6. Explore Great Smoky Mountains National Park

Although the temperatures drop, you still may be interested in exploring the outdoors. The neighboring national park is open year-round, and it offers a unique winter wonderland charm.

Some of the park’s most popular waterfalls are accessible even in the dead of winter — including Laurel Falls, Rainbow Falls, and the Ramsey Cascades.

Seeing the falls frozen over, and with impressive ice formations, is unforgettable!

If you’re more into mountain views, simply drive the park roads and hop out at some of the overlooks.

While visiting GSMNP is a special Gatlinburg in winter experience, don’t forget to bundle up. It can get extremely cold, plus windy and icy.

Also, note that not all areas of the park remain open year-round, so double-check with rangers about what’s open. Due to its high elevation, the park receives far more snow than the town of Gatlinburg.

7. Christmas in the Smokies Bluegrass Festival

musicians singing and playing musical instruments at the bluegrass christmas in the smokies festival in gatlinburg tn
Credit: Bluegrass Christmas in the Smokies

If you like music then check out the tunes of local musicians at the annual Bluegrass Festival.

Held at the Stone Hill Lodge over a 3-day weekend, the roster includes over a dozen local bands.

From solo acoustic performances to boot-stompin band jams, the festival showcases the full range of the bluegrass genre. With such variety and depth, you’ll want to go several days in a row.

Purchase tickets in advance or the day of, if space remains open. And if you like to enjoy a few drinks before or during the show, a complimentary shuttle operates between town and the venue.

8. Shop Downtown Gatlinburg

shops and mini golf in downtown gatlinburg tn
Shops in Downtown Gatlinburg

Whether it’s before or after the holiday season, retail therapy is always a good idea! And great news, Gatlinburg has a charming array of cute shops to fill your bags.

There’s no better place to shop than the Village, filled with nearly 30 charming stores in a German-themed setting.

Browse for cute clothing, toys, outdoor gear, and more; there’s something for every taste. Even if you’re not really shopping, the Village is one of the best places to hang out in Gatlinburg in winter.

The Village has countless opportunities to fuel up in between stores, too. For a cup of coffee or tea, or a sweet treat, the cafes are just as lovely as the boutiques.

Draped in Christmas lights until well after the holiday, the festive vibe is always an instant mood booster.

9. Enchanted Winter at Anakeesta

cups of hot cocoa with whipped cream and marshmellows in Anakeesta mugs with a bear with gatlinburg mountians in the background
Hot Cocoa / Credit: Anakeesta

Gatlinburg’s award-winning theme park, Anakeesta, keeps the festivities rolling into the winter! The lights and decor go all out, with holiday-themed attractions around every corner.

Stop by Arctic Alley for a seriously impressive display of several thousand lights programmed to music. Then, continue to Firefly and Black Bear Village for shopping to a soundtrack of Christmas carols.

Ride the gondola up the mountain to discover a whimsical world of Christmas-themed fun. Even the celebrated TreeTop SkyWalk gets into the holiday spirit!

Finally, to cap off the holiday season, celebrate New Year’s Eve at Anakeesta. In addition to a wow-inducing fireworks display, there’s live music, an incredible dinner, and live shows.

And don’t miss the animation projected onto a 40-foot-tall Christmas tree! It’s the perfect backdrop to say good-bye to Gatlinburg in winter and close out the year surrounded by friends and family.

10. Gatlinburg New Year’s Eve Celebrations

Gatlinburg space needle with fireworks on New Years Eve
Credit: Gatlinburg Space Needle via Facebook

Anakeesta certainly isn’t the only place to celebrate New Year’s Eve. Gatlinburg throws several other unforgettable festivities, too!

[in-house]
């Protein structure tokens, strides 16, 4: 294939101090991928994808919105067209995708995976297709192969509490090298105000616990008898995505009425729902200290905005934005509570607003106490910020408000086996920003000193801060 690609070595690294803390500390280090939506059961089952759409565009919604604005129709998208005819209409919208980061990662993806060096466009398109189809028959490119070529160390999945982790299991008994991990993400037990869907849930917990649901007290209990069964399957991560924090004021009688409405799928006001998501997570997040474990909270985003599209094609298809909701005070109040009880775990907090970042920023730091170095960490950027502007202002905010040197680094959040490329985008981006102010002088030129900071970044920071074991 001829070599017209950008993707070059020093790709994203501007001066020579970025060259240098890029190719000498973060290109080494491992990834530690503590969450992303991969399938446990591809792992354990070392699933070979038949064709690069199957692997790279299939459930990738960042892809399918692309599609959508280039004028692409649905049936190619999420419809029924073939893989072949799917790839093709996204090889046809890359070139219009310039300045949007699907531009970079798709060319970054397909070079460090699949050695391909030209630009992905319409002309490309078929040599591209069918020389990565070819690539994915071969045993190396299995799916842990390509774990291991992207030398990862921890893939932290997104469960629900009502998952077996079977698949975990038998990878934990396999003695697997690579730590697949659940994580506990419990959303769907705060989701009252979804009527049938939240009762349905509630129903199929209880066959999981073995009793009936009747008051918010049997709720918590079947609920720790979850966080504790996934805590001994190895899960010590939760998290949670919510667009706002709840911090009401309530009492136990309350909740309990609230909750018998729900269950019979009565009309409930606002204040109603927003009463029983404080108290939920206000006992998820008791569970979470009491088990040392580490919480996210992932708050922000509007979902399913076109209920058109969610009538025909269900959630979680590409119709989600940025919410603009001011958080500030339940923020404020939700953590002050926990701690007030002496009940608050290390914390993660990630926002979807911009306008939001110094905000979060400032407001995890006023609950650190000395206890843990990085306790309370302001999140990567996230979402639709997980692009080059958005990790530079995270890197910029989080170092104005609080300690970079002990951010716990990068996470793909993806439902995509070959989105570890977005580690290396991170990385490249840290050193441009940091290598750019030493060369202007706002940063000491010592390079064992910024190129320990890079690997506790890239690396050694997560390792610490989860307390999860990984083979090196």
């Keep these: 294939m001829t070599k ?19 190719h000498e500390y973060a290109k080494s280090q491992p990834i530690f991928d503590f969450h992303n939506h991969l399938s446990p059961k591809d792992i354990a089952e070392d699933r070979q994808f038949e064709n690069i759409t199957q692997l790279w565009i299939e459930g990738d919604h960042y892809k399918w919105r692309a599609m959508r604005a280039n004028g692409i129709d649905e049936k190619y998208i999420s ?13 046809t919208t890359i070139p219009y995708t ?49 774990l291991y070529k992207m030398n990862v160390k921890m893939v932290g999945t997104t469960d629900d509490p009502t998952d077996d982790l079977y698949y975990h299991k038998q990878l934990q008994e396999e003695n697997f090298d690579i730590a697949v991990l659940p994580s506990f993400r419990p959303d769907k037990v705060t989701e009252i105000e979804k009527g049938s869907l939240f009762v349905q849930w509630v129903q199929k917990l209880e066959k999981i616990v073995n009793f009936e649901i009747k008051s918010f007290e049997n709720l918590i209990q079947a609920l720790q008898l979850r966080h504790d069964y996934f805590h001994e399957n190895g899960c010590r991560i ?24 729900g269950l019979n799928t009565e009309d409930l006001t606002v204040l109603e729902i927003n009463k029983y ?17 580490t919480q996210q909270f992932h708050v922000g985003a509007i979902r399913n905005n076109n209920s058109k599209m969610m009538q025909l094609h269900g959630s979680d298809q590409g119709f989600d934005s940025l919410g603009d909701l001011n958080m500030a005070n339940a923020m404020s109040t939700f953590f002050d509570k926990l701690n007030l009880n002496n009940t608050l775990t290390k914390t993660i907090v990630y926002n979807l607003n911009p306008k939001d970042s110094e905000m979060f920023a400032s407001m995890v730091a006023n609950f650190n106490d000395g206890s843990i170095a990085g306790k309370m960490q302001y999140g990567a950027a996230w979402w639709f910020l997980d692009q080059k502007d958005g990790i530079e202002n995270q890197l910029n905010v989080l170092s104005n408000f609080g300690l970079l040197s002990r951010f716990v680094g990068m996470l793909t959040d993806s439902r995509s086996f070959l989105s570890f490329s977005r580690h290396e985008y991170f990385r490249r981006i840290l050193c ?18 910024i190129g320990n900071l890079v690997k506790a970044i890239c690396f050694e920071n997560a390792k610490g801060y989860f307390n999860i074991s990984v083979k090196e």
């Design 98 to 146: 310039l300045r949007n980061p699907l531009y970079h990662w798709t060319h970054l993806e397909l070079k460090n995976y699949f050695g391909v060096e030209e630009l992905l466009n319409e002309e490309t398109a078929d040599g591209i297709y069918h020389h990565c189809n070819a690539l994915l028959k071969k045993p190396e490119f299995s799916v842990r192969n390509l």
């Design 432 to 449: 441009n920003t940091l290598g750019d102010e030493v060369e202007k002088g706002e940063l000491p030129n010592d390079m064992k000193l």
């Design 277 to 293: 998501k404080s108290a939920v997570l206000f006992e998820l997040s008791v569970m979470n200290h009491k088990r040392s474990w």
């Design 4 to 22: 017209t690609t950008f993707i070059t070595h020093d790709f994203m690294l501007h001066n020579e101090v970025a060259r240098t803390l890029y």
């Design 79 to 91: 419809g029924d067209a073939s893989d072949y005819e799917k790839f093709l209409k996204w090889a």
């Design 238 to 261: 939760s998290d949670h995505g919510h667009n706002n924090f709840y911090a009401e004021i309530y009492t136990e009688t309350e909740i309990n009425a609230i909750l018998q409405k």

The city’s space needle turns into its very own ball drop, with a countdown just like the world-famous one in Times Square. Expect a family-friendly atmosphere. Thick crowds keep the event lively, but it’s still fairly easy to navigate. 

And, of course, there’s an incredible fireworks display…as well as other pyrotechnic surprises.

Arrive early so you don’t have to stress over parking, and remember, restaurants and bars will have longer wait times. Be thoughtful about reservation times, so you don’t miss the star attraction!

11. Warm up in a Gatlinburg Cafe

an iced coffee at coffee and company with label that reads "peace, love, and coffee" in downtown gatlinburg tn
Credit: Coffee and Company

With so much holiday hustle and bustle, sometimes you just need a low-key cafe.

Thankfully, this small city has an incredible selection for a cup o’ Joe. Plus, hanging out in one is one of the best ways to enjoy Gatlinburg in winter during bad weather.

Festive Coffee and Company is a great place to start. The cafe has a tasty selection of beverages, house-roasted beans, and gifts. Non-coffee drinkers, there’s plenty for you, too.

For a coffee with a sweeter touch, head to neighboring Maddi Mae’s Café & Creamery. This sweet spot offers a fun combination of ice cream and a hot drink.

And for coffee with a boho vibe, make your way over to Smoky Mountain Coffee Co. Spinning a perfectly crafted cappuccino on their bar is the perfect activity during a winter afternoon.

12. Festival of Christmas Past

Step back in time and enjoy East Tennessee’s beautiful nature at the Festival of Christmas Past.

This memorable event is one of the most culturally immersive things to do in winter.

Held at Great Smoky Mountains National Park’s Sugarlands Visitor Center, the festival is dedicated to traditional folkloric celebrations. Festivities go from 9:00 AM to 3:00 in the afternoon, with a huge variety of events and activities.

The stars of the show are music and storytelling where you can listen to talented harpists and full bands performing with antique instruments. Engaging storytellers deliver memorable Christmas tales, which are, of course, best enjoyed over cups of hot cider.

And don’t miss the main event, which is the Christmas Memories Walk — where a ranger will take you on a guided stroll through the woods, recounting how festivities were held in centuries past. 

There’s hands-on fun, too.

Workshops showcase how to make toys, rugs, quilts, and other arts and crafts, all the old-fashioned way. Best of all, the event is totally free to the public!


Gatlinburg in Winter things to do Pinterest Pin

Featured Image and Pinterest Pin Credits: Anakeesta and Ober Gatlinburg.